4.2.12 Do not handle your hamster right after you’ve given him exercise

Let your hamster rest after being active because exercise causes his heart rate to go up, making him more prone to becoming overheated. Allow him to cool down before trying to pick him up. Your hands should feel slightly warm against his backside — not hot! Hot hands will burn your hamster through his thick fur coat. Heatstroke can kill a hamster quickly, so avoid handling them until he has cooled down completely.

4.2.13 Bathe your hamster occasionally with plain water

But only do so during cooler months when he isn’t likely to catch a cold. You can give him baths during warmer weather, but try using tepid water instead since it won’t shock his system quite as much. Start bathing your hamster at about eight weeks old and try applying vet-recommended shampoo for pets — never use human shampoo, even if it is labeled safe for pets. The human shampoo has different pH levels than what is used on animals and may dry out his skin or irritate his eyes.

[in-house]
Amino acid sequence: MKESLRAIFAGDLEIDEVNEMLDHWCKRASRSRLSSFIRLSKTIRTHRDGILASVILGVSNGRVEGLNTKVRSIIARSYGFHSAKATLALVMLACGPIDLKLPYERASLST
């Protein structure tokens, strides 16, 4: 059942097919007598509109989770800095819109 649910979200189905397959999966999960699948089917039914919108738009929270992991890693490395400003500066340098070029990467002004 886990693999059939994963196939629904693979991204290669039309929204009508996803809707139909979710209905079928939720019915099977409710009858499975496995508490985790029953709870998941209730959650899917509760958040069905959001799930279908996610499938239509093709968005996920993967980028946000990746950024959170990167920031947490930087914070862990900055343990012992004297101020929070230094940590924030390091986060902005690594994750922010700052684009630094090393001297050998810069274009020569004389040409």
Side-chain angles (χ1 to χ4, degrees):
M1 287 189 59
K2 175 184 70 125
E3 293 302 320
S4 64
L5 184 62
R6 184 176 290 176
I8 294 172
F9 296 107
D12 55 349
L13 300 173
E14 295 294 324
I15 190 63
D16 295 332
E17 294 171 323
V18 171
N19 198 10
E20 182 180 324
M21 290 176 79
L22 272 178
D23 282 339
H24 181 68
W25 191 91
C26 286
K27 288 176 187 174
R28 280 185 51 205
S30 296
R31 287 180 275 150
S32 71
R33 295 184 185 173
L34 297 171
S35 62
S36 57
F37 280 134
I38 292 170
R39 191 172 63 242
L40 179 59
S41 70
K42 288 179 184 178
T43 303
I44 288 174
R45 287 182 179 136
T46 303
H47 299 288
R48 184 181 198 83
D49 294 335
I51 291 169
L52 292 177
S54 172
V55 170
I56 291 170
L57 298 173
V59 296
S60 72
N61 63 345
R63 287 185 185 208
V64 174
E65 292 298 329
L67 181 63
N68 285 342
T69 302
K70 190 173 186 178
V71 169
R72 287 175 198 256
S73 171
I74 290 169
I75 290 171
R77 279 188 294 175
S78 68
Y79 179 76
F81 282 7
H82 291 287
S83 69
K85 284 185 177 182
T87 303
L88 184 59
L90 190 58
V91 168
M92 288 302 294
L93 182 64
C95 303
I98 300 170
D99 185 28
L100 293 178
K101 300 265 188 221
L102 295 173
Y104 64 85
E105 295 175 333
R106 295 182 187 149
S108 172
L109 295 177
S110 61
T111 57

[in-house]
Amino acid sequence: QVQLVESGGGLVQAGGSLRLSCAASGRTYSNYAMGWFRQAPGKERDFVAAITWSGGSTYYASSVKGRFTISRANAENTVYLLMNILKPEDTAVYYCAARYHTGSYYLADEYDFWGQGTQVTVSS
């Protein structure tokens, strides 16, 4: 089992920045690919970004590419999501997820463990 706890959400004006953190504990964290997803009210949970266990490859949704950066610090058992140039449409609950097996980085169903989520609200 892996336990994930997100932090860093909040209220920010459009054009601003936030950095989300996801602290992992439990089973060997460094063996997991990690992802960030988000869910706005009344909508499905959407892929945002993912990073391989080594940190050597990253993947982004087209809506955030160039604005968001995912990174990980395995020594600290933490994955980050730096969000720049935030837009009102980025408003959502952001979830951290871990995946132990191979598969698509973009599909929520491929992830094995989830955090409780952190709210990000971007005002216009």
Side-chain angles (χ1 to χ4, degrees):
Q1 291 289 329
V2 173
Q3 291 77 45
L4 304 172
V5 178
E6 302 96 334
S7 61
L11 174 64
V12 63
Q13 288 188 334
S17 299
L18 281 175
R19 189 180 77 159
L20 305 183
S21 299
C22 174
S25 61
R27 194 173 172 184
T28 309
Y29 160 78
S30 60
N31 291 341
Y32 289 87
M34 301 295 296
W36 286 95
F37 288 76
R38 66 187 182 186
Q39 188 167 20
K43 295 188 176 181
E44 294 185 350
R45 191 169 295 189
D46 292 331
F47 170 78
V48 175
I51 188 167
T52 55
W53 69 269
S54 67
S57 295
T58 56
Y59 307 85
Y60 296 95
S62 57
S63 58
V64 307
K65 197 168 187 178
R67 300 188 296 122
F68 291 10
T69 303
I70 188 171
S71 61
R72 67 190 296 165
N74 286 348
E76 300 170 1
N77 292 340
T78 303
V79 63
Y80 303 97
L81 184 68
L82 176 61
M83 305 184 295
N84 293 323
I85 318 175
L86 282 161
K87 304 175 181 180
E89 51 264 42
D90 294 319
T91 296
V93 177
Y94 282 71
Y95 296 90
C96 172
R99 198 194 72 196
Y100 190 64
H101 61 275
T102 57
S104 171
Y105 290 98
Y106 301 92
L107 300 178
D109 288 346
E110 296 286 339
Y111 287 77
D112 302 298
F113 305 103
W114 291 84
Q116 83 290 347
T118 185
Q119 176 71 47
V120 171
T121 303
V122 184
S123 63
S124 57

And finally, remember to love your pet for as long as you can. Remember that hamsters don’t live forever, and it’s a good idea to expect that their lifespans may only last for two or three years. By keeping them healthy and treating them well, however, you’ll be able to enjoy your furry friends longer — and you’ll probably find yourself missing them when they’re gone. A caring owner who provides their hamster with lots of exercise time outdoors in a secure area, proper nutrition, and grooming can significantly increase their life span — so stick with it! Good luck taking care of your tiny rodent friends!

5. The Bottom Line

Hamsters are adorable pets that look super cute on the running wheel in their cages. Just looking at these fluff balls makes your heart jump with joy. Although these creatures don’t have a very long lifespan, they still make great companions for as long as they are there!